When it Comes to Evaluating MiLB Pitchers, Please Don’t Scout the Stat Line

One of the great things about baseball is the use of numbers to define everything within the game. One of the worst things about the game is the use of numbers to define everything about baseball. Sometimes as writers, we tend to get caught up in the stats. I know I can focus on ERA, WHIP, K/9, BB%, FIP, BABIP, LOB%, xFIP, and WAR. That’s a lot to consider just to evaluate one player when all you really need to evaluate a pitcher are two things: movement and location.

When it comes to minor-league talent, I think there’s getting to be an over-evaluation of statistics for players that are developing. Keith Law of ESPN calls this “scouting by the stat line.” One only needs to look at the South Bend Cubs to see that in action

The Cubs currently have four pitchers that have been starting all year: Jake Stinnett, Trevor Clifton, Eric Leal, and Zach Hedges. Each has between 13 and 15 starts – a nice sample size to evaluate their performance. In April, they were dominant as a starting staff with an ERA under 3. In May, things began to fall apart, though Hedges has started to put things back together this summer. His ERA since June 1 is under 2.50, whereas Stinnett and Clifton seem to be struggling keeping theirs under 5. Does that make Hedges a better prospect? Does it make him better developmentally? Are Stinnett and Clifton washed up? Well the answer to every one of those questions is an emphatic no!

Anyone who has ever watched baseball knows watching Stinnett and Clifton pitch that they have solid arms attached to their right shoulders. Their pitches move, the ball darts and then explodes near the plate. There is not much they can’t do with the baseball except for one thing: control where it’s going every time.

Right now, Hedges is having better success because he is able to control the location of his pitches. It’s nothing magical he’s doing, he just has a good release point. The ball comes out of the same arm slot every time to deceive the hitter. These are pitching basics, not something you’re going to find online in a graph or chart.

clifton 65 2015As for Stinnett and Clifton, there’s no doubt in my mind that they’re not washed up. In fact, they are just beginning to learn how to pitch. You have to remember two things about Trevor Clifton: first, his motion was totally rebuilt when he came to the Cubs; second, this is only his second full year of professional baseball with a rebuilt motion. You can see glimpses of his talent from start to start, as there is something improving in each that was better than the last. Whether that is his fastball command, keeping runners on, throwing to first base, stepping off the rubber; these are all little things that help to make a pitcher better. As for his pitches, it’s just going to take time. The kid is only 20 years old. He’s far from washed up at low-A because his ERA is over 4.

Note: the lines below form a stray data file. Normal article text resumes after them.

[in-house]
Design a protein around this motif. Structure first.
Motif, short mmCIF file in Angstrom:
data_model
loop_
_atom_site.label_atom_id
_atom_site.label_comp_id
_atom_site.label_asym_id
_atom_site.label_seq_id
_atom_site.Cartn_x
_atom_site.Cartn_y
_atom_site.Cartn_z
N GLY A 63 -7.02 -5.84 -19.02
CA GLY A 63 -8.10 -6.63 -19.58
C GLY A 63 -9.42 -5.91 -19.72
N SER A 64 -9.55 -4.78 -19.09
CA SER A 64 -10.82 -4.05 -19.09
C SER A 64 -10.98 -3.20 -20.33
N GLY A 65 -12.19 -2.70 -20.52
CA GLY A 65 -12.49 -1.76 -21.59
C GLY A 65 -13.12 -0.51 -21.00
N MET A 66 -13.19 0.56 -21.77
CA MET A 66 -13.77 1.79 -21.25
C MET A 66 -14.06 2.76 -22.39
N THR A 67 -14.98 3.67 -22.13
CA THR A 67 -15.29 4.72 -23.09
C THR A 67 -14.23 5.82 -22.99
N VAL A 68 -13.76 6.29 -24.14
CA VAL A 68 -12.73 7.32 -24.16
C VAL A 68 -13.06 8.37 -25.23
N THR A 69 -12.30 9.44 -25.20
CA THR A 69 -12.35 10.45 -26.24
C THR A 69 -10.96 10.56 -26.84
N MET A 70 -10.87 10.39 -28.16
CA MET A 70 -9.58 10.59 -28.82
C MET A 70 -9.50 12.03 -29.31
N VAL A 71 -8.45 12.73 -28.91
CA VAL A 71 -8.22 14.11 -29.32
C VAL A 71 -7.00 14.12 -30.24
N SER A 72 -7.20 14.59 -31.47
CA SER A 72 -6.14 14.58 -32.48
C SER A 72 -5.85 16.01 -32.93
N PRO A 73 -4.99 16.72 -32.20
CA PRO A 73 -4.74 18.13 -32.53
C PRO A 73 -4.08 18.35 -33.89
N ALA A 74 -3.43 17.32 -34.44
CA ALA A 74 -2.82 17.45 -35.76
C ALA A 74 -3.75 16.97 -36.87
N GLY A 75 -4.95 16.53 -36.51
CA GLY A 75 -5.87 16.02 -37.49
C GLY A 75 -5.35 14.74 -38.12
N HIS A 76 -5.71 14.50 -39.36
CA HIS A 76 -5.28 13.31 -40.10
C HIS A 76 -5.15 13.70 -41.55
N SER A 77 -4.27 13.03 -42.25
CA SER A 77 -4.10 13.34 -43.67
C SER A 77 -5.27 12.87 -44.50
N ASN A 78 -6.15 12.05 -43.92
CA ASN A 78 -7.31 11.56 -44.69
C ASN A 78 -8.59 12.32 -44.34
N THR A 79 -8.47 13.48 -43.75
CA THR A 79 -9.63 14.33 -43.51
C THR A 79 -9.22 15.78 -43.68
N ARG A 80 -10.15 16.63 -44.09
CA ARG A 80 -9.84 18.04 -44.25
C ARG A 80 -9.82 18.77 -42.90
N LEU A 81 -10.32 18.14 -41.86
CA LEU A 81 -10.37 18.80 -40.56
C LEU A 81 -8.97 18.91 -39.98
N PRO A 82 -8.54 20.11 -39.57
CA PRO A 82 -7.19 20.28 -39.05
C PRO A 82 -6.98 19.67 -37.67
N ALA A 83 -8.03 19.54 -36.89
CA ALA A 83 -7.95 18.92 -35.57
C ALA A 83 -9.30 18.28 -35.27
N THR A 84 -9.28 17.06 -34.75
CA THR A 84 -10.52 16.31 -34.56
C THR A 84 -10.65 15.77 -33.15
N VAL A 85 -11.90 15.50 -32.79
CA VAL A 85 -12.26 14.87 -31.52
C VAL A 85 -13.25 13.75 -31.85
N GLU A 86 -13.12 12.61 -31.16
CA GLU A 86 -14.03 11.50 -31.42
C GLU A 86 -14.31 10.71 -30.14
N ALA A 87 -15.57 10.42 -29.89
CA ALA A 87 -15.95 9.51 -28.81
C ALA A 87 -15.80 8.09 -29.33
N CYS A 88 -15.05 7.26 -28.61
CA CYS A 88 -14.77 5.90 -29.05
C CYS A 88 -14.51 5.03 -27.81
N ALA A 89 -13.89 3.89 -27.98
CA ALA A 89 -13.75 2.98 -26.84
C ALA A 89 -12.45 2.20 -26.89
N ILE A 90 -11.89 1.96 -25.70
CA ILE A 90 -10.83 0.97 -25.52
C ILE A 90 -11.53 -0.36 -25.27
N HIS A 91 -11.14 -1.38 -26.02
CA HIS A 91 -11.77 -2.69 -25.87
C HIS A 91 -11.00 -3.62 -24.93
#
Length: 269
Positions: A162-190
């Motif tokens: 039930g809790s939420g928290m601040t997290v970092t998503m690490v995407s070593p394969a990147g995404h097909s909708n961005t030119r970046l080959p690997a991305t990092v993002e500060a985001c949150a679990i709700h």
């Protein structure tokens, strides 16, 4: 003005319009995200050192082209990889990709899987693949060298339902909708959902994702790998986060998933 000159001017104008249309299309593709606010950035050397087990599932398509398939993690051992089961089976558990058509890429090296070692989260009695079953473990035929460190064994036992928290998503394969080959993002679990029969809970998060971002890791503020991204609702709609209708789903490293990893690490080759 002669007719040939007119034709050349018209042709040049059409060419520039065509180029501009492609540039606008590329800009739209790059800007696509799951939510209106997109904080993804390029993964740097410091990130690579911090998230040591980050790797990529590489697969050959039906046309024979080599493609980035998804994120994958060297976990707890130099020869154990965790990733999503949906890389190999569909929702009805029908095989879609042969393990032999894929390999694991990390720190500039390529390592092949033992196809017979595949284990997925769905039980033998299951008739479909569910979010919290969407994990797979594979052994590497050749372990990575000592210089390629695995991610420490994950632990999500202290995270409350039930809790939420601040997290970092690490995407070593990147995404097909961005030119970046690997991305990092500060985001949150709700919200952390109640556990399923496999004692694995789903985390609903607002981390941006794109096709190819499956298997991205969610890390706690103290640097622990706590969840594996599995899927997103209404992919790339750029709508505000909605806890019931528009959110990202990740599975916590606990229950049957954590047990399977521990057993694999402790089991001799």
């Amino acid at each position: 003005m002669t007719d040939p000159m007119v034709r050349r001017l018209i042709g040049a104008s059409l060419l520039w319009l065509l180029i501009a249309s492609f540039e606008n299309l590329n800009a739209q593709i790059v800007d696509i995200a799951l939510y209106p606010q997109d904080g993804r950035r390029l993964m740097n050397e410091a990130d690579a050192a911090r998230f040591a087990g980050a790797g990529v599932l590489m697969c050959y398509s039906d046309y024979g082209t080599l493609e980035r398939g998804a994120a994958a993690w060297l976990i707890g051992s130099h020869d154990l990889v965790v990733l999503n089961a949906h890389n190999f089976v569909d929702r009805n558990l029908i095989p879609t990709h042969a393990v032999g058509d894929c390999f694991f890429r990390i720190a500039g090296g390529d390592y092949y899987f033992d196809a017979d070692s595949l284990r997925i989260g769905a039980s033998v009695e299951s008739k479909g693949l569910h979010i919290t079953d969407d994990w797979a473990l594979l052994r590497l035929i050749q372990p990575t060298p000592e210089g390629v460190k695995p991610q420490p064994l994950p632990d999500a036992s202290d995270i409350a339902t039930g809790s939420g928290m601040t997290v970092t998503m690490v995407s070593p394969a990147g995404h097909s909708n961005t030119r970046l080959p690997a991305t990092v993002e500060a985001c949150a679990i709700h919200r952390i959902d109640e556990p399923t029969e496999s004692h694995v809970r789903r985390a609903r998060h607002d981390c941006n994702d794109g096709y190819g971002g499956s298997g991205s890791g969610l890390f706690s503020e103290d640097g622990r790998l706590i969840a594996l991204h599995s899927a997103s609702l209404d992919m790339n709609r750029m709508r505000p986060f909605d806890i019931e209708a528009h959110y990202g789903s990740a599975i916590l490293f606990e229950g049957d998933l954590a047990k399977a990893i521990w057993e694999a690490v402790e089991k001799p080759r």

In fact, he’s actually not far from getting to be very good very, very quickly. Once he learns to put everything together from start to start, inning to inning, batter to batter, pitch to pitch, Trevor Clifton is going to be one of those pitchers that moves very quickly through the system.

Remember this as a precaution:

Jake Stinnett, meanwhile, is not that different from Clifton. Stinnett is still very young pitching-wise, with only two full years of pitching. The thing I take away when I watch Stinnett is his pitches move a ton. Whether it’s a fastball, a curve, slider, or change, everything is moving constantly. The young kid doesn’t know how to throw anything straight. That’s never going to be reflected in a stat line.

Once Stinnett figures things out, he too will move quickly through the system. I see glimpses of him improving this year. As the season has gone on, he’s pitching deeper into games, taking a little bit off his pitches to gain more control, and he looks to be much more confident on the mound.

With the South Bend Cubs hovering around .500, the development of Clifton and Stinnett would help the team win this summer in the second half, but it’s not necessary. What I think is necessary is their continued development as pitchers. In evaluating their development, one should not solely rest on numbers.

At the 2014 Cubs Convention, I remember sitting on the edge of my seat listening to Joe Bohringer, the Cubs Director of Pro Scouting, talk about how the Cubs scouting department mixes analytics and sabermetrics with old-school scouting. To evaluate talent in the 21st-century you need to have a mixture of what you’re seeing on the field and the numbers a player produces during the game.

As writers, and fans, we need to do the same. There is not one magic number that is going to quantify whether a player is doing a good job. The actions you see in a game are just as important as the numbers they produce. To blow off a 20-year-old prospect who is in low-A ball because of a high ERA is ridiculous. The player deserves the right to grow and to be evaluated in spite of the numbers. That’s what the minor leagues were designed to do – to develop players, not to objectify and quantify them.


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